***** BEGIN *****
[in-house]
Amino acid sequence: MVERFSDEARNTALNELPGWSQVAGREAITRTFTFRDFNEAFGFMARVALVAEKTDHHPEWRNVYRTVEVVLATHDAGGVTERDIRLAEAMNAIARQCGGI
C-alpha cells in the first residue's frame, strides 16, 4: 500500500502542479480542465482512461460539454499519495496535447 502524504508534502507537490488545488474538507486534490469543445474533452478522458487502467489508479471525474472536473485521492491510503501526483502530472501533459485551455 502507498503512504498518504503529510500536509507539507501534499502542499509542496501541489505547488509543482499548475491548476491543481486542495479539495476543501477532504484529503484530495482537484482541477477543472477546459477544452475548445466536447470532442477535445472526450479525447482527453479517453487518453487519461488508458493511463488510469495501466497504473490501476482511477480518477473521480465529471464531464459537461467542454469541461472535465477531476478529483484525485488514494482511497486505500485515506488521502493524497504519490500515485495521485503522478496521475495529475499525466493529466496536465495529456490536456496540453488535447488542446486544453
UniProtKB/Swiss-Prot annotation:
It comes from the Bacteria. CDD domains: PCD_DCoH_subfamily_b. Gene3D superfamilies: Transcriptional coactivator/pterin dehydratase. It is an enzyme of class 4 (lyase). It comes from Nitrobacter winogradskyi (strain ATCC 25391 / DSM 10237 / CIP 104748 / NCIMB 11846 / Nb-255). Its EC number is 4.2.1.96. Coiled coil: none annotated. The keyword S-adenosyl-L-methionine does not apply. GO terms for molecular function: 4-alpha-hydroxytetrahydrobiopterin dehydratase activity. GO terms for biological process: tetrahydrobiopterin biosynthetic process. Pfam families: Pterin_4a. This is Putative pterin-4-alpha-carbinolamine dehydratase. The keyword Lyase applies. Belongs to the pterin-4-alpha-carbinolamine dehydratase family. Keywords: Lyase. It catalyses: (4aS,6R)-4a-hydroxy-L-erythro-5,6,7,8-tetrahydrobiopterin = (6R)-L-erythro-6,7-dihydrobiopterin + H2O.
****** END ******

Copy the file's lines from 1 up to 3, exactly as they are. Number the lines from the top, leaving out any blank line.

[in-house]
Amino acid sequence: MVERFSDEARNTALNELPGWSQVAGREAITRTFTFRDFNEAFGFMARVALVAEKTDHHPEWRNVYRTVEVVLATHDAGGVTERDIRLAEAMNAIARQCGGI
C-alpha cells in the first residue's frame, strides 16, 4: 500500500502542479480542465482512461460539454499519495496535447 502524504508534502507537490488545488474538507486534490469543445474533452478522458487502467489508479471525474472536473485521492491510503501526483502530472501533459485551455 502507498503512504498518504503529510500536509507539507501534499502542499509542496501541489505547488509543482499548475491548476491543481486542495479539495476543501477532504484529503484530495482537484482541477477543472477546459477544452475548445466536447470532442477535445472526450479525447482527453479517453487518453487519461488508458493511463488510469495501466497504473490501476482511477480518477473521480465529471464531464459537461467542454469541461472535465477531476478529483484525485488514494482511497486505500485515506488521502493524497504519490500515485495521485503522478496521475495529475499525466493529466496536465495529456490536456496540453488535447488542446486544453